Tens of thousands of Slovaks demanded early elections on Friday in protests across the country after Prime Minister Robert Fico’s resignation failed to quell public anger following the murder of an investigative journalist.
Jan Kuciak, 27, and his fiancée were found shot dead at home last month. His journalism and then murder have rekindled public anger over the government’s failure to root out graft and cronyism 14 years after Slovakia joined the European Union.
In a third consecutive day of demonstrations, the protesters rallied in some 35 towns and cities, waving signs that read “Government Doesn’t Work” and chanting “Enough of Fico.”
“Coalition leaders are clinging to power at any cost, to cover up all the corruption scandals,” rally organizer Karolina Farska told the crowd in the capital Bratislava, estimated at 50,000 by public broadcaster RTVS.
The death of Kuciak – who reported on fraud allegations against businessmen with political ties – has provoked Slovakia’s biggest protests since the fall of communism in 1989.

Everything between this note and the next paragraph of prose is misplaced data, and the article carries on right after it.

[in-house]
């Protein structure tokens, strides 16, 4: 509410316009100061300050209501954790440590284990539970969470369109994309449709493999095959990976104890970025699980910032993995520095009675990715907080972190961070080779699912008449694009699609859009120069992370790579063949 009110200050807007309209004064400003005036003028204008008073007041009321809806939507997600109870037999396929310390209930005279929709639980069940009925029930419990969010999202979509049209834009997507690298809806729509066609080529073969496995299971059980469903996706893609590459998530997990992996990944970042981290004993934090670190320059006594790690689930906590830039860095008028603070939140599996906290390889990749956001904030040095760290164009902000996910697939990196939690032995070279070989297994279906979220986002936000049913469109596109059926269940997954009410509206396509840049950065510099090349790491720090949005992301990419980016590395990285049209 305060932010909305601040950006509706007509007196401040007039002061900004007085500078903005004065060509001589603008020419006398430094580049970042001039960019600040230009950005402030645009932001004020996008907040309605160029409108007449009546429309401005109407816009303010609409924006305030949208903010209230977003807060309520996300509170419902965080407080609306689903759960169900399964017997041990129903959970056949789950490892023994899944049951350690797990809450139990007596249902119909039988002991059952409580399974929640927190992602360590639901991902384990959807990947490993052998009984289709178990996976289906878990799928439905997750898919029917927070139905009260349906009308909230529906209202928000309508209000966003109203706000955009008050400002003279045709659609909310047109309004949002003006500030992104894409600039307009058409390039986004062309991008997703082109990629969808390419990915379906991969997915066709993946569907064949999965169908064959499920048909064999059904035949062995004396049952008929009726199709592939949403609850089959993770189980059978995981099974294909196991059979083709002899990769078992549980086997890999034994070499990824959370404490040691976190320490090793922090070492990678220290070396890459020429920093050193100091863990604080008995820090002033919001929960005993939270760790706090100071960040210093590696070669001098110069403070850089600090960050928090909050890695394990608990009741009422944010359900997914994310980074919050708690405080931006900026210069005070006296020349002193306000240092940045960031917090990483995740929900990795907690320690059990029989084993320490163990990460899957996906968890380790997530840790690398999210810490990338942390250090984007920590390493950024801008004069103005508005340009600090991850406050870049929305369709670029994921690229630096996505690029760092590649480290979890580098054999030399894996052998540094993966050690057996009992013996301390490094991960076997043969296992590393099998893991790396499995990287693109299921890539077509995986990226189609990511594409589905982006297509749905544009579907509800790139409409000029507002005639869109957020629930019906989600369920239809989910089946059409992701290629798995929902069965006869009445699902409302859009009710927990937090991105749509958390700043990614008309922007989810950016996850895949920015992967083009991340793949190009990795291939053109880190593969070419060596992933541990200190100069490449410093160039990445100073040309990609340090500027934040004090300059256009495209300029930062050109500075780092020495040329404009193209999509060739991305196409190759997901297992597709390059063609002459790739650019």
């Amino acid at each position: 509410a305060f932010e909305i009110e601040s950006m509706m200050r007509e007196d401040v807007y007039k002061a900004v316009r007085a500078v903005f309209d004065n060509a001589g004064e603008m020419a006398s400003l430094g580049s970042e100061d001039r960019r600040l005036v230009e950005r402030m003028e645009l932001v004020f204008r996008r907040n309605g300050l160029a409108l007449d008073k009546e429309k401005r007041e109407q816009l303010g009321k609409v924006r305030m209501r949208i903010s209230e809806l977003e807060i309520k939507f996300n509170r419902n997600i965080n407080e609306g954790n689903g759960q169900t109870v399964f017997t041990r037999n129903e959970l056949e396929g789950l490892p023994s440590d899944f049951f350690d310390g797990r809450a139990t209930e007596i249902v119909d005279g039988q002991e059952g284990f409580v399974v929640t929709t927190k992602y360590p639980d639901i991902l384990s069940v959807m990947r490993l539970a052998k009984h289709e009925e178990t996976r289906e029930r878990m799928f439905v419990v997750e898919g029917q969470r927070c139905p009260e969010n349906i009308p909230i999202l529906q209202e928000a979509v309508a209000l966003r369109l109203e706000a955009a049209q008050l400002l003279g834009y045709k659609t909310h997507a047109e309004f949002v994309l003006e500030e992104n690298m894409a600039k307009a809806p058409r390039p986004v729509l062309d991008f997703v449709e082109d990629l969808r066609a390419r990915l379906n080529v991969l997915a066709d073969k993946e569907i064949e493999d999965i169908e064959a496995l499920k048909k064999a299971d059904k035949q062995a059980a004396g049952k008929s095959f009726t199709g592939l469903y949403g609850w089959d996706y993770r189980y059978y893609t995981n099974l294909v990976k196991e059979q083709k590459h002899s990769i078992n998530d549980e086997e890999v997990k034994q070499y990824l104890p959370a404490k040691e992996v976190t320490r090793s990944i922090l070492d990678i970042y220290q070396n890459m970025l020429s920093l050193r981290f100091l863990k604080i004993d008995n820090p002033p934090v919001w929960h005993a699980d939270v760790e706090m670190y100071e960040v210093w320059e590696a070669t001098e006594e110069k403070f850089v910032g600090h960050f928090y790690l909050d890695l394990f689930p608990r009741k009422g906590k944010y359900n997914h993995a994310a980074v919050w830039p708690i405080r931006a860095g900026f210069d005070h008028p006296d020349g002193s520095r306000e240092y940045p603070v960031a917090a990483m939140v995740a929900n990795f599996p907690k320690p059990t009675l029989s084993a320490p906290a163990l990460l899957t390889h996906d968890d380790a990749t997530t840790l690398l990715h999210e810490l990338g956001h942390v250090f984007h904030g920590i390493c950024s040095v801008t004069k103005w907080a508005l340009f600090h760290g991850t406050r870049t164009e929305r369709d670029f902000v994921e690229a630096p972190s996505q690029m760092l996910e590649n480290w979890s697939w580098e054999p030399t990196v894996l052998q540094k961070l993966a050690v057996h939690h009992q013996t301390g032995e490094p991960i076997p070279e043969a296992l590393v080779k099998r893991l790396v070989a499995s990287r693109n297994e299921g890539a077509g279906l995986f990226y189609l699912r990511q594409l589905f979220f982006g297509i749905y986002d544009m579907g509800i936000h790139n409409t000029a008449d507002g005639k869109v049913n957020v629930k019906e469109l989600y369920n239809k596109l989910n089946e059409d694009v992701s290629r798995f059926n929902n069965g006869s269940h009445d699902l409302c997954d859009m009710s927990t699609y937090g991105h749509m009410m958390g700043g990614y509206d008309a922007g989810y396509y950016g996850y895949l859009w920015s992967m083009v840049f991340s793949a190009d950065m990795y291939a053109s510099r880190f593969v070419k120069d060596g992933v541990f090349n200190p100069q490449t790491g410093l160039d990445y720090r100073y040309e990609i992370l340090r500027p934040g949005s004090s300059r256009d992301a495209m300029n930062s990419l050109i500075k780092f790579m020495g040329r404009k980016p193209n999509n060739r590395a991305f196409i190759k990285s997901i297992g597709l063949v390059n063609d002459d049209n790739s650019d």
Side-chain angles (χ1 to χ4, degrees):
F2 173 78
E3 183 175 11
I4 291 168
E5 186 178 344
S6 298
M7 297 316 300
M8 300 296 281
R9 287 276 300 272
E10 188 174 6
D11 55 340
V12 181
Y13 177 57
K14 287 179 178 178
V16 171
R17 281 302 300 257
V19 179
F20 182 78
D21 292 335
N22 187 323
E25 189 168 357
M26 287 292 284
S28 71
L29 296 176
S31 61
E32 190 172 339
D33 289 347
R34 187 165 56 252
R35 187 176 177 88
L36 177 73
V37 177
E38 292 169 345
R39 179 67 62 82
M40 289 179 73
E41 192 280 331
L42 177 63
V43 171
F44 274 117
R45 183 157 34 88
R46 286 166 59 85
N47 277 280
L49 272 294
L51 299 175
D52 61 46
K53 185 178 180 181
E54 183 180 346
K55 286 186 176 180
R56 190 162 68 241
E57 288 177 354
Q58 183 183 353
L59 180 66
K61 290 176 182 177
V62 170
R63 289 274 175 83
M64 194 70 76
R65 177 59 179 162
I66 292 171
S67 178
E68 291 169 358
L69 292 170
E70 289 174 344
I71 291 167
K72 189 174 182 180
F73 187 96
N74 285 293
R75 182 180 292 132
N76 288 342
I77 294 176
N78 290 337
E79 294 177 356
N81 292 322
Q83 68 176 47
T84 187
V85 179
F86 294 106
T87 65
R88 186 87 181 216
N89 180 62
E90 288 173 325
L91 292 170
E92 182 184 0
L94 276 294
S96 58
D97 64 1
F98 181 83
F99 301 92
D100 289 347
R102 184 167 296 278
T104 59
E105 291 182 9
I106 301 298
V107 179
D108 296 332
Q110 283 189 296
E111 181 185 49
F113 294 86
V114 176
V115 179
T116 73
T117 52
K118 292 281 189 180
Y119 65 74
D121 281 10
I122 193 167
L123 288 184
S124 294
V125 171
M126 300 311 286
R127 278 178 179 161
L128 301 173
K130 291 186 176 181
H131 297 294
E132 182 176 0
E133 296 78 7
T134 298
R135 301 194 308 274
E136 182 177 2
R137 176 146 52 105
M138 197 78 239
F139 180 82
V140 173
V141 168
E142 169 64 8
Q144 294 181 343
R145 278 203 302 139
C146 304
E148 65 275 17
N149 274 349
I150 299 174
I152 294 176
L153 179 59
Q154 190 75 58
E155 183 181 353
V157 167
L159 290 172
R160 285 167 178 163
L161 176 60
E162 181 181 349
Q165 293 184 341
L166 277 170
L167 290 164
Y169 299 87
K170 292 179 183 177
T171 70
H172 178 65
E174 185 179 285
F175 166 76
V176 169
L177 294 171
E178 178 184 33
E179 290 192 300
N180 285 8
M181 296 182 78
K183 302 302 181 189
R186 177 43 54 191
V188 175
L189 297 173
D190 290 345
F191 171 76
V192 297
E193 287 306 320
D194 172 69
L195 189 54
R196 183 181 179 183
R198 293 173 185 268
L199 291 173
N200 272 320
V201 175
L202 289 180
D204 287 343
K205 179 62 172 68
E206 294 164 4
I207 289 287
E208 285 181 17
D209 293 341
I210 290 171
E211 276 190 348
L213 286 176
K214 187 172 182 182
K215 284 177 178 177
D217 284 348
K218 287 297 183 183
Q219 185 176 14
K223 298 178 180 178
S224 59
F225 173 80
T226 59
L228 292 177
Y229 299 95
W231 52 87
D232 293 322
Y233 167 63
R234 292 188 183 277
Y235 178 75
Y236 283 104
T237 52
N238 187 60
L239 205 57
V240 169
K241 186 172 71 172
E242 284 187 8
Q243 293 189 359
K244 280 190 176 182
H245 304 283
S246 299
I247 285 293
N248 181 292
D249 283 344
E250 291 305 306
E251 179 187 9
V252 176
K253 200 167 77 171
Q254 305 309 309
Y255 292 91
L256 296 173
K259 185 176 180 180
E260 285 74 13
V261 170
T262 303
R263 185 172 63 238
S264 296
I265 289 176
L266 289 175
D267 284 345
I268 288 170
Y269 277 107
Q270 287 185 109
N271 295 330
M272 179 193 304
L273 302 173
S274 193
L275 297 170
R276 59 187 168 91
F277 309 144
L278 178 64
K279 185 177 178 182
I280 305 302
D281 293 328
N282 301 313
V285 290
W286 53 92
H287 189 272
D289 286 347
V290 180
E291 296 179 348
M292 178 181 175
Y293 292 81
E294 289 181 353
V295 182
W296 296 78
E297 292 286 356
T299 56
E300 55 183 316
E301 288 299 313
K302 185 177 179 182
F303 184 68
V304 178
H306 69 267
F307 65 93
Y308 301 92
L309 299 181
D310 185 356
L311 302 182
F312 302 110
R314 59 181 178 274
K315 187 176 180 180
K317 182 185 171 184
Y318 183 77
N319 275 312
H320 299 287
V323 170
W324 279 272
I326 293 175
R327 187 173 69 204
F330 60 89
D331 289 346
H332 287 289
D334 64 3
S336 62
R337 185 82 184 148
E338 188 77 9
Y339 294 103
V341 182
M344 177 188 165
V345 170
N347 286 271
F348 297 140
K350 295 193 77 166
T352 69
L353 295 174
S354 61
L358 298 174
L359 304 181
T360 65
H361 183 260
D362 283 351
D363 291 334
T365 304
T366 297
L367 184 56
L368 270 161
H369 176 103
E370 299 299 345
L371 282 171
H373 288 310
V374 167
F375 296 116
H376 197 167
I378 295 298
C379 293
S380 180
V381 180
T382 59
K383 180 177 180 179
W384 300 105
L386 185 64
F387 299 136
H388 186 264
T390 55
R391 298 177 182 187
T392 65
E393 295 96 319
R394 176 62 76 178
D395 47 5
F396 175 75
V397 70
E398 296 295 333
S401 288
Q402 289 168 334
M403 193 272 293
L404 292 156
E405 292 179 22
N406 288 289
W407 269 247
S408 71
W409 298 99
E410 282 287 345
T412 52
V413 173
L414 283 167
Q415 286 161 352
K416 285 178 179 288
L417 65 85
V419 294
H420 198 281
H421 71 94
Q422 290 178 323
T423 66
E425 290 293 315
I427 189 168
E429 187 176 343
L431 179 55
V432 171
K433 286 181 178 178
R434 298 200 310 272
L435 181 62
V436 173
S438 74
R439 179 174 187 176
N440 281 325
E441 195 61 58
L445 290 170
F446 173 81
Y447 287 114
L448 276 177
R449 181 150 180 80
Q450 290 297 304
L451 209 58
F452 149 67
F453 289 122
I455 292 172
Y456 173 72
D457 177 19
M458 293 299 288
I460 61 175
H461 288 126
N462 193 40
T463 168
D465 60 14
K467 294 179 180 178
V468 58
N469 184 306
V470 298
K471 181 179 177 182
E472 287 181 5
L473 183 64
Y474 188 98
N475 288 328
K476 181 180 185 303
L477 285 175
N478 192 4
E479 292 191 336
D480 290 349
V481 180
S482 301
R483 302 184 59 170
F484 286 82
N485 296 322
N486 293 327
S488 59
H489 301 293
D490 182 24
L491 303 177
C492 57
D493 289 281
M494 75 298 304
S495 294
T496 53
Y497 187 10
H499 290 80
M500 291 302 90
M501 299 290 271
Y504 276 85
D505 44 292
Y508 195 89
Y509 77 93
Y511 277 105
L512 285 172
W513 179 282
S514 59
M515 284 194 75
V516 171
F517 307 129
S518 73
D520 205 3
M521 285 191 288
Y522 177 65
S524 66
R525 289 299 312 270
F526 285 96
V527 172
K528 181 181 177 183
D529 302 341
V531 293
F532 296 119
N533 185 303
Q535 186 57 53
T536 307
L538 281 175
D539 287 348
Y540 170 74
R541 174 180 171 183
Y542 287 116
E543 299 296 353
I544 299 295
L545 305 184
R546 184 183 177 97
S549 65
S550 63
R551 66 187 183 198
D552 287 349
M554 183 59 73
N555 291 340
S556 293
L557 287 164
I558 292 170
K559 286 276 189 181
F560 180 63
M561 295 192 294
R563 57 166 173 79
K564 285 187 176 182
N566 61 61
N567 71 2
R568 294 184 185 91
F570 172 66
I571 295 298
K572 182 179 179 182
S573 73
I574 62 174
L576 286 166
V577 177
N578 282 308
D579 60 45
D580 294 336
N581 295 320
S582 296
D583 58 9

The long-serving Fico stepped aside on Thursday, handing the government reins to a deputy after his leftist Smer party and its coalition partners agreed a change of prime minister to keep the government going. His interior minister also quit this week. But critics say Fico will continue to hold sway.
“I am willing to protest every week as I feel we have a good head start towards change,” Tereza Klimcova, a 29-year-old lawyer, said at the Bratislava protest. “We can’t stop now or else the pressure will disappear, as happened with all previous scandals.”
Fico has vowed to remain an active party leader, stoking fears he will continue to wield influence over his close ally Peter Pellegrini who has been asked to form a new government. Pellegrini is expected to announce appointments next week.
“As Smer chairman, (Fico) will continue to tutor the new prime minister,” said Martin Slosiarik of the Focus polling agency.
Just before his death, Kuciak had been looking into suspected mafia links of Italians with businesses in Slovakia.
In his final report published after his death, Kuciak said one of these Italians had once been a business partner of two Slovaks who later worked in Fico’s office. Both have resigned but deny connections to the murder. The Italian businessman has denied any mafia connections.
Nobody has been charged in the killings.